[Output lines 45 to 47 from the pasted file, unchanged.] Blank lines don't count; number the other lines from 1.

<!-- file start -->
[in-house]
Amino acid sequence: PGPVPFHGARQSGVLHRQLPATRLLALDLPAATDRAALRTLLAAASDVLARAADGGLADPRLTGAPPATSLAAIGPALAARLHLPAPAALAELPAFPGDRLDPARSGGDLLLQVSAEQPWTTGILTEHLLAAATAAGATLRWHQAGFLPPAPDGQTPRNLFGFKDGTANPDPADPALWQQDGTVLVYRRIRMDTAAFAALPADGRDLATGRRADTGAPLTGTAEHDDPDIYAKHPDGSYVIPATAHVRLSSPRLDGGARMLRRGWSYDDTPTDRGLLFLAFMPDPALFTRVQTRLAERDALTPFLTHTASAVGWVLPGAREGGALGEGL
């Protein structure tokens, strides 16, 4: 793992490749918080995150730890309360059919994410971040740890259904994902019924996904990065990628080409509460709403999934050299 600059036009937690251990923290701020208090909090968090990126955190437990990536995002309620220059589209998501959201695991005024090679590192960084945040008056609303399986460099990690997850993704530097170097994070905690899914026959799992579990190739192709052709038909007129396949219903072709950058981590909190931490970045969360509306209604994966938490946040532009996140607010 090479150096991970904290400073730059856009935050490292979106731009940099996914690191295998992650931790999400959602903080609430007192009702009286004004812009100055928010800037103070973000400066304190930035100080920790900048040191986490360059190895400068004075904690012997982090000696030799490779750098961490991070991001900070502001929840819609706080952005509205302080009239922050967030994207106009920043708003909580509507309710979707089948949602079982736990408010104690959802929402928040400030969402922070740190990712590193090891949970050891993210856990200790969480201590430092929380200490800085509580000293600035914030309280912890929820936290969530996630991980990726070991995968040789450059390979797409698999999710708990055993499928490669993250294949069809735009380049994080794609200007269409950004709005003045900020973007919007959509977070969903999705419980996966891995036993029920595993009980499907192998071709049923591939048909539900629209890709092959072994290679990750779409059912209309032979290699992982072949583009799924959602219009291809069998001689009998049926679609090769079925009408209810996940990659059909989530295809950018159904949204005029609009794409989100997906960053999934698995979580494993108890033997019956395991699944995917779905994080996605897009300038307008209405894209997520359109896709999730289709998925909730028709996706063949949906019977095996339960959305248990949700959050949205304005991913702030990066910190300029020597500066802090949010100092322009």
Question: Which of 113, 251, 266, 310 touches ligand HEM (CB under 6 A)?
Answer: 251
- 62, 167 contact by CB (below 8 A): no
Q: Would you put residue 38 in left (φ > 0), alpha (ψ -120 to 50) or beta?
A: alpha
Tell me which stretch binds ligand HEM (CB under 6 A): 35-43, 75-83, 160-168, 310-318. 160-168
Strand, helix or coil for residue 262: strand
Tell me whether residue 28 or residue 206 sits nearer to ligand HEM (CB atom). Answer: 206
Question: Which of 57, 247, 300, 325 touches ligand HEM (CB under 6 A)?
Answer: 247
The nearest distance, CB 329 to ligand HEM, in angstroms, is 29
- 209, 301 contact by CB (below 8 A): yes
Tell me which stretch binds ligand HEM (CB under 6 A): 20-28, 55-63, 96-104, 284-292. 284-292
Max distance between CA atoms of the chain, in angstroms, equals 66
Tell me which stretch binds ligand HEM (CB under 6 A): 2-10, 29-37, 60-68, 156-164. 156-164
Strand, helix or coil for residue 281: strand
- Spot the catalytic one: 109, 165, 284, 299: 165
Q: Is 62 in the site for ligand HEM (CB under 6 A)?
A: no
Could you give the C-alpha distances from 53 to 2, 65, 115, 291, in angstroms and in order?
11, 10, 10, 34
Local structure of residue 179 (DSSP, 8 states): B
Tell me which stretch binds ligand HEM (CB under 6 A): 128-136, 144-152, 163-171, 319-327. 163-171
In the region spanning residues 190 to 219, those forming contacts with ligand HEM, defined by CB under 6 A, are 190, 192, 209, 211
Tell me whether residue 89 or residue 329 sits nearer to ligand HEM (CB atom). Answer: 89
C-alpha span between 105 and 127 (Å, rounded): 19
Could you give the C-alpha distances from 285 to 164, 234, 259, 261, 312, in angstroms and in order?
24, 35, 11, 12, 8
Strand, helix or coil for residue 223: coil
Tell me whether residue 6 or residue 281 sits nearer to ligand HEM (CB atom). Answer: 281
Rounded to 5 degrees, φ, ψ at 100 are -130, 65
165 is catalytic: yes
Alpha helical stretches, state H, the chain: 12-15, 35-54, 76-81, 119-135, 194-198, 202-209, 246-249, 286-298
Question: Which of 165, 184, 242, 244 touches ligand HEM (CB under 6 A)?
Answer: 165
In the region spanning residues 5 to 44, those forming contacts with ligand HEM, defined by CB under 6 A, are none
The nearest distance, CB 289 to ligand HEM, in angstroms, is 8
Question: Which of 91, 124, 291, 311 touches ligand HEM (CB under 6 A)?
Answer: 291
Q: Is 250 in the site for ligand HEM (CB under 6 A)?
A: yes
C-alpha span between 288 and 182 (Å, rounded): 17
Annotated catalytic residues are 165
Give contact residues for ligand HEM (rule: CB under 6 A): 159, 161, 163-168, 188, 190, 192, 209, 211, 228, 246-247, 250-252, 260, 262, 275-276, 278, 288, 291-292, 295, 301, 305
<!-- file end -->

C-alpha span between 288 and 182 (Å, rounded): 17
Annotated catalytic residues are 165
Give contact residues for ligand HEM (rule: CB under 6 A): 159, 161, 163-168, 188, 190, 192, 209, 211, 228, 246-247, 250-252, 260, 262, 275-276, 278, 288, 291-292, 295, 301, 305